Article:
Our Leadership Team

EIN’s initial leadership team consisted of an interprofessional group of UMB students:

  • Fahim Faruque (Me): student pharmacist
  • Alex Meltzer: doctoral (PhD) student
  • Ioan Lina: medical student
  • Ben Portney: doctoral (PhD) student

Recently, we launched an Ambassadors Program to help kick off another grassroots movement to engage all of the schools at UMB in our upcoming activities. Travis Clement, a second-year student pharmacist and current ambassador for the School of Pharmacy, plays a critical role in educating pharmacy students about entrepreneurial opportunities offered through our organization. We believe the presence of our entrepreneurship ambassadors in each UMB school will promote an environment for innovation, as the ambassador will act as an accessible liaison for resources.

My Personal Journey

I first realized my interest in entrepreneurship after researching the discipline to apply for the UMB President’s Entrepreneurial Fellowship in fall 2015. Although I was not selected for the fellowship, the application process served as a catalyst, motivating me to connect with a team of like-minded individuals who wanted to initiate social change in the professional culture at UMB. We wanted to help foster an environment that encourages innovation and supports and nurtures aspiring innovators. We also wanted to create a space for interprofessional collaboration, as well as expand access to entrepreneurial opportunities to all UMB students.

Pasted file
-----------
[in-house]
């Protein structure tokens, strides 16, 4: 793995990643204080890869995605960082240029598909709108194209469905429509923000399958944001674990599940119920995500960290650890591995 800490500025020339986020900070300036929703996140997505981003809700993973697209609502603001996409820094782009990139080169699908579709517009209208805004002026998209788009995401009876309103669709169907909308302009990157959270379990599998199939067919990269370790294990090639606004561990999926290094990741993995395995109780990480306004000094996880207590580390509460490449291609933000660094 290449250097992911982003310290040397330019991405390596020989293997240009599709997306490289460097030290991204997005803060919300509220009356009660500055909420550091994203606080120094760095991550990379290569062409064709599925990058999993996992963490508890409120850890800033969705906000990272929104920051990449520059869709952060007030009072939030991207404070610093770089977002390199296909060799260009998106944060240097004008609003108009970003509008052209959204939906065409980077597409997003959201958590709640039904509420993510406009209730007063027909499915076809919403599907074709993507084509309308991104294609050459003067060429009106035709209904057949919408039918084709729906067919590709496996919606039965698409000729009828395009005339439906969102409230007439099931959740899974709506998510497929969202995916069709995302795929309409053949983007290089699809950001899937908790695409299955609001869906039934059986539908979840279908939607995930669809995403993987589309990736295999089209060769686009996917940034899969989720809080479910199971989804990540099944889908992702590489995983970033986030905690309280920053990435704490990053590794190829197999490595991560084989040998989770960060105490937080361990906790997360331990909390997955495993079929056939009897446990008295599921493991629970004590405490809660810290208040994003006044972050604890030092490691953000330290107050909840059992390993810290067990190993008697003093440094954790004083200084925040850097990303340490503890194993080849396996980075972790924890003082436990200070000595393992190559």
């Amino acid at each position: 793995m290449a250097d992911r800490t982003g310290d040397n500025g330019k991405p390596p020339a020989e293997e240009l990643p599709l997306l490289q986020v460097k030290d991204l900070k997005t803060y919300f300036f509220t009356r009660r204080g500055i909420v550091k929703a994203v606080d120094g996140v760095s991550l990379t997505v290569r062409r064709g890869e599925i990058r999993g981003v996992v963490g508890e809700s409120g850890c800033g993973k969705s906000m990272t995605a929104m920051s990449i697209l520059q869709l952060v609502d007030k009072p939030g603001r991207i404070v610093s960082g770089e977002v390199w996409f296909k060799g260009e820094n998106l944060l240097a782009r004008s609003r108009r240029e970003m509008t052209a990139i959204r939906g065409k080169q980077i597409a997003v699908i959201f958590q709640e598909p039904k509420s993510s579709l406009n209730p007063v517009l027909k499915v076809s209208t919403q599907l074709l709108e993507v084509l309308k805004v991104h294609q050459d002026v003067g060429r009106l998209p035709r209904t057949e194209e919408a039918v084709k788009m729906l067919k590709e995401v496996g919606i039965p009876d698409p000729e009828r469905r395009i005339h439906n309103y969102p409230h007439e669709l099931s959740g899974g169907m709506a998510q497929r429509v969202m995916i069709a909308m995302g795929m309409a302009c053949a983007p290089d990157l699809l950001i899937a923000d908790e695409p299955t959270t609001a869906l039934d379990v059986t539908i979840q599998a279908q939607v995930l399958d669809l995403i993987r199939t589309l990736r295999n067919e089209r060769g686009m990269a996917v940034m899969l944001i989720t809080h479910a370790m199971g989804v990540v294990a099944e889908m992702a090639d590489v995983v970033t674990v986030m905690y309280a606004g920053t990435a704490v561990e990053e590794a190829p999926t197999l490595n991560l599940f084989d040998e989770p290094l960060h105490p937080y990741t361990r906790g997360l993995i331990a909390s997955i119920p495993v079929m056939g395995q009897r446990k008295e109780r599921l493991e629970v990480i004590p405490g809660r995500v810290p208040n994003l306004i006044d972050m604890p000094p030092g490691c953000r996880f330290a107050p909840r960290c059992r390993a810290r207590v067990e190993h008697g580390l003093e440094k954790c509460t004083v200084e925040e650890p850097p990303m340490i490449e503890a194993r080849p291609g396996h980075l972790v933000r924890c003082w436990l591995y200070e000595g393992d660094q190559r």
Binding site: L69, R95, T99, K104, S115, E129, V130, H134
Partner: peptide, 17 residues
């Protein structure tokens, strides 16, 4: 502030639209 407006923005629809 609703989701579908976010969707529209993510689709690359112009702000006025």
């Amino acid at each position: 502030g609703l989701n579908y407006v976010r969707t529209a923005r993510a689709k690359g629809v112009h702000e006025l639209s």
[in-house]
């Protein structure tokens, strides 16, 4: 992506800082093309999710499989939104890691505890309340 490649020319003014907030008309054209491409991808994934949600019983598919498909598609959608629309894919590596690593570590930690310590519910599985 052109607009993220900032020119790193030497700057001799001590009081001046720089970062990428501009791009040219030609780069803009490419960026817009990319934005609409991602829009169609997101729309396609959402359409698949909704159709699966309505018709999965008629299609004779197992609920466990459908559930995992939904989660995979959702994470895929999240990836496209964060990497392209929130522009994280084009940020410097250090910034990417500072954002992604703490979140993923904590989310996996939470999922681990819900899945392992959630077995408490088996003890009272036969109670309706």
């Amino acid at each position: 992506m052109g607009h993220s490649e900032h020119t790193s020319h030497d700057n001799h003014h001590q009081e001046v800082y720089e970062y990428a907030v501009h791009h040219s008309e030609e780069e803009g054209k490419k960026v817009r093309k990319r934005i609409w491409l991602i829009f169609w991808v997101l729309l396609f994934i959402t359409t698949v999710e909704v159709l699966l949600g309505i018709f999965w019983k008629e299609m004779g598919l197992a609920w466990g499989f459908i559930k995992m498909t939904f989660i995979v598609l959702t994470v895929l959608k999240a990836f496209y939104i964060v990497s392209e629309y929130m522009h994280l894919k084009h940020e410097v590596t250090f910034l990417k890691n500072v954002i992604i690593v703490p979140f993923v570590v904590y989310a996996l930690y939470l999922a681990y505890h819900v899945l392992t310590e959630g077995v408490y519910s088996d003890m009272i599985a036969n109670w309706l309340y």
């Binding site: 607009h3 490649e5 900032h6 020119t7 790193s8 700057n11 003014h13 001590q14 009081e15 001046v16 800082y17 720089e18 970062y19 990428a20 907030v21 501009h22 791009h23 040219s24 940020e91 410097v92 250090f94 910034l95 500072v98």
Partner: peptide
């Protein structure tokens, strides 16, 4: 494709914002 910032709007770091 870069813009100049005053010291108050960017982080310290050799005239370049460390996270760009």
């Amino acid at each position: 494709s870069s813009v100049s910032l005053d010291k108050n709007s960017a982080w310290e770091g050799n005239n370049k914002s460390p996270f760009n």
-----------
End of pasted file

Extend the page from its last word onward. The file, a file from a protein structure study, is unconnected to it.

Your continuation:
Establishing EIN opened my eyes to the joy of designing, strategizing, and operationalizing concepts that carry personal significance and fulfilled my goal of becoming an advocate for fostering indiscriminate access to entrepreneurial opportunities. The thrill of being part of the “growth” of something that I initiated is indescribable, and the process has been invaluable in my professional development. In addition, learning about entrepreneurship concepts and skills through EIN’s “From Idea to Start Up” workshop series helped me tremendously in my leadership roles at the School. I have been able to develop valuable initiatives and programs to aid the professional growth of my peers using the knowledge and skills that I have gained. For instance, I applied some of the lessons that I learned to my role as vice president of the School’s Academy of Managed Care Pharmacy (AMCP) student chapter to establish the AMCP and Career Navigation Internship Prep Series – a program that prepares students to research, apply, and obtain summer internships.

Upcoming Opportunities